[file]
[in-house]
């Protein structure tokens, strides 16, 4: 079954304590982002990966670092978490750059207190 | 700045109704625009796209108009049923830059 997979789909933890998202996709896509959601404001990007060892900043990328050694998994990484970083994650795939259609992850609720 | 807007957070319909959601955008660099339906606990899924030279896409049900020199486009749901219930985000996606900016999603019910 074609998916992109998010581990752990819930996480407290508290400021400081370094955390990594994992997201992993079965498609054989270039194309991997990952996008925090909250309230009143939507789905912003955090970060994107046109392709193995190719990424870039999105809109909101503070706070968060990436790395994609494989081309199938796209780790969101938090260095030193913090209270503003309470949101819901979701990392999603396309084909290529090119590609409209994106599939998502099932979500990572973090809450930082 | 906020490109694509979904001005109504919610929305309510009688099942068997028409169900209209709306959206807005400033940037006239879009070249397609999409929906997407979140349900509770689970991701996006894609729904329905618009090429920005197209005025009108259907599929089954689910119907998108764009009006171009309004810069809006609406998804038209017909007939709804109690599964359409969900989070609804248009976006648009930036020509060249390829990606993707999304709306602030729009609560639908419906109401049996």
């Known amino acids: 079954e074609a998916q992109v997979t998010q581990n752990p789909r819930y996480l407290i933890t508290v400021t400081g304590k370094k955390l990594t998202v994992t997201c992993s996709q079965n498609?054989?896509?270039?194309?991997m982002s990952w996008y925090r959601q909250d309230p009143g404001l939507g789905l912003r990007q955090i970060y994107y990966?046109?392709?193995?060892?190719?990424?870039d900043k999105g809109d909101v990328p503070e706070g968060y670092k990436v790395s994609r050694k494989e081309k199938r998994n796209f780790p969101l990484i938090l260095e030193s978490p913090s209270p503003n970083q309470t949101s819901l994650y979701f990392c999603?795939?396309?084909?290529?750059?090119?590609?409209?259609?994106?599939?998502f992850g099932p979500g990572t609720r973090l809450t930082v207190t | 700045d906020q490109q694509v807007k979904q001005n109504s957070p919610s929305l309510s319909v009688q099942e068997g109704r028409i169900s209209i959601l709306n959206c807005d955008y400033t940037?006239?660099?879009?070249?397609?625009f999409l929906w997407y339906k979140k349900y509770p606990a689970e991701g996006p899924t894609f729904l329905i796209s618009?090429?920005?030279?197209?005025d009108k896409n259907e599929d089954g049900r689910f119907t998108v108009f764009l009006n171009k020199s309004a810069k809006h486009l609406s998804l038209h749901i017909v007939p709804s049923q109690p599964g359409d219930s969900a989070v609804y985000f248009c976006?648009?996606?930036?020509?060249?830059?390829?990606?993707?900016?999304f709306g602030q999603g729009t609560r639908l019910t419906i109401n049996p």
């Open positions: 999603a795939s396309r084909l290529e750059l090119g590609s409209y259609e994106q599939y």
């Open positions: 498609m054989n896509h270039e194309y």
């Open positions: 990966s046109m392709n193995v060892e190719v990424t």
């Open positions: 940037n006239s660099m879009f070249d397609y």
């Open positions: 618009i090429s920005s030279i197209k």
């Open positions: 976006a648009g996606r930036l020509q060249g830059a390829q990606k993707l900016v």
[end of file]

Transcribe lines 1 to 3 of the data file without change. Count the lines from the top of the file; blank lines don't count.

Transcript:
[in-house]
């Protein structure tokens, strides 16, 4: 079954304590982002990966670092978490750059207190 | 700045109704625009796209108009049923830059 997979789909933890998202996709896509959601404001990007060892900043990328050694998994990484970083994650795939259609992850609720 | 807007957070319909959601955008660099339906606990899924030279896409049900020199486009749901219930985000996606900016999603019910 074609998916992109998010581990752990819930996480407290508290400021400081370094955390990594994992997201992993079965498609054989270039194309991997990952996008925090909250309230009143939507789905912003955090970060994107046109392709193995190719990424870039999105809109909101503070706070968060990436790395994609494989081309199938796209780790969101938090260095030193913090209270503003309470949101819901979701990392999603396309084909290529090119590609409209994106599939998502099932979500990572973090809450930082 | 906020490109694509979904001005109504919610929305309510009688099942068997028409169900209209709306959206807005400033940037006239879009070249397609999409929906997407979140349900509770689970991701996006894609729904329905618009090429920005197209005025009108259907599929089954689910119907998108764009009006171009309004810069809006609406998804038209017909007939709804109690599964359409969900989070609804248009976006648009930036020509060249390829990606993707999304709306602030729009609560639908419906109401049996």
């Known amino acids: 079954e074609a998916q992109v997979t998010q581990n752990p789909r819930y996480l407290i933890t508290v400021t400081g304590k370094k955390l990594t998202v994992t997201c992993s996709q079965n498609?054989?896509?270039?194309?991997m982002s990952w996008y925090r959601q909250d309230p009143g404001l939507g789905l912003r990007q955090i970060y994107y990966?046109?392709?193995?060892?190719?990424?870039d900043k999105g809109d909101v990328p503070e706070g968060y670092k990436v790395s994609r050694k494989e081309k199938r998994n796209f780790p969101l990484i938090l260095e030193s978490p913090s209270p503003n970083q309470t949101s819901l994650y979701f990392c999603?795939?396309?084909?290529?750059?090119?590609?409209?259609?994106?599939?998502f992850g099932p979500g990572t609720r973090l809450t930082v207190t | 700045d906020q490109q694509v807007k979904q001005n109504s957070p919610s929305l309510s319909v009688q099942e068997g109704r028409i169900s209209i959601l709306n959206c807005d955008y400033t940037?006239?660099?879009?070249?397609?625009f999409l929906w997407y339906k979140k349900y509770p606990a689970e991701g996006p899924t894609f729904l329905i796209s618009?090429?920005?030279?197209?005025d009108k896409n259907e599929d089954g049900r689910f119907t998108v108009f764009l009006n171009k020199s309004a810069k809006h486009l609406s998804l038209h749901i017909v007939p709804s049923q109690p599964g359409d219930s969900a989070v609804y985000f248009c976006?648009?996606?930036?020509?060249?830059?390829?990606?993707?900016?999304f709306g602030q999603g729009t609560r639908l019910t419906i109401n049996p």